What Employers Can Learn from Mar-a-Lago

09.15.2022
HR & Safety

The following article was first posted on the Carmody Torrance Sandak Hennessey LLC website as part of the firm’s Carmody @Work labor and employment series. It is reposted here with permission.


In recent days, pictures of documents labeled “top secret” and “classified” strewn about the carpet of Mar-a-Lago have dominated the news headlines.

These pictures have been shocking but likely don’t seem applicable to the general public given that the vast majority of people will never possess such sensitive state secrets.

However, with the rise of remote work, employers can use these national headlines as an opportunity to review their remote work policies and practices.

Prior to authorizing remote work, employers should outline the expectations and scope of the remote work with the employee.

The best practice for defining expectations is to enter into a written remote work agreement signed by both the employer and employee.

While there are many remote work considerations recommended for inclusion in a remote work agreement (e.g. wage and hour and safety issues), this article focuses on five document and information security considerations.

1. What work may be performed or accessed remotely?  

One of the first considerations for employers is identifying the type of information that may leave the worksite or be accessed remotely.

Doing so reduces the risk of proprietary or confidential information being inadvertently exposed to unauthorized individuals, including family members and friends.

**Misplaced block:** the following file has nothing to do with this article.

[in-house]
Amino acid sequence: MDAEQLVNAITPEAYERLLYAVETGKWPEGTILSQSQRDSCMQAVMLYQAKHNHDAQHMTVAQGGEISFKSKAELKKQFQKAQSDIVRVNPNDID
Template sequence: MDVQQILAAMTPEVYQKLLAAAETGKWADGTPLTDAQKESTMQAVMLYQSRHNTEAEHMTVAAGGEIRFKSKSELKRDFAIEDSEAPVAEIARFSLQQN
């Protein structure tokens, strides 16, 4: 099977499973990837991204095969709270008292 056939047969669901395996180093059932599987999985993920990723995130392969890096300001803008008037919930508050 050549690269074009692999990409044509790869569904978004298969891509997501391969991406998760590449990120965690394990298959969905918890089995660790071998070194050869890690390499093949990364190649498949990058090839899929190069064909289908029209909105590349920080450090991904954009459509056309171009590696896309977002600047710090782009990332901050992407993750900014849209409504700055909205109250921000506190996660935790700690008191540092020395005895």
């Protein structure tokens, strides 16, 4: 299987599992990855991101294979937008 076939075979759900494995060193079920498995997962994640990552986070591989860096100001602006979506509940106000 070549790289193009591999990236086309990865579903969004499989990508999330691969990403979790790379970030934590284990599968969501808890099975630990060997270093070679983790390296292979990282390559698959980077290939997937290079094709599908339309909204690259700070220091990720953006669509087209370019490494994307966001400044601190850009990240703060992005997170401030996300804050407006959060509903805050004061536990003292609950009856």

2. How will documents be stored?  

Employers should also consider how remote employees will store documents, both physically and electronically.

For physical documentation, employers may consider locked filing cabinets if the remote employee will maintain sensitive information.

Further, employers should decide if employees may keep original documents (such as original contracts) in the remote workspace.

Employers should also be aware of how electronic documents will be accessed. For example, will the employee be accessing documents from a family or shared computer?

Being aware of who else may have access to the employee’s work on a shared or personal computer allows the employer to create appropriate safeguards.  

3. What is the digital security plan?  

Employers are also encouraged to explore if the employee will be accessing work documents from a secured home network and to decide if the employee will be permitted to conduct work on an unsecured network.

Employers should obtain email encryption software to allow employees to communicate securely, particularly with regard to emailing documents with proprietary or confidential information.

4. Are there any client confidentiality requirements?  

Additionally, in designing a remote work agreement, employers are cautioned to be mindful of any client imposed controls or requirements.

Employers with non-disclosure or confidentiality agreements should confirm if any remote access will run afoul of any agreement prior to permitting related work to be conducted remotely.

5. How can employees report a breach?

Finally, employers should maintain a clear policy on how employees can report a data breach, including specifically who to contact in the event of a breach or suspected breach.

Specific instructions on the steps to take in both a known breach and a suspected breach should help mitigate the potential damage and loss to the employer and clients.


About the author: Stephanie Cummings practices in a variety of areas, including labor and employment law, corporate law, personal injury, real estate, trusts and estates, and general civil litigation. Her clients include small businesses and individuals with varying needs.

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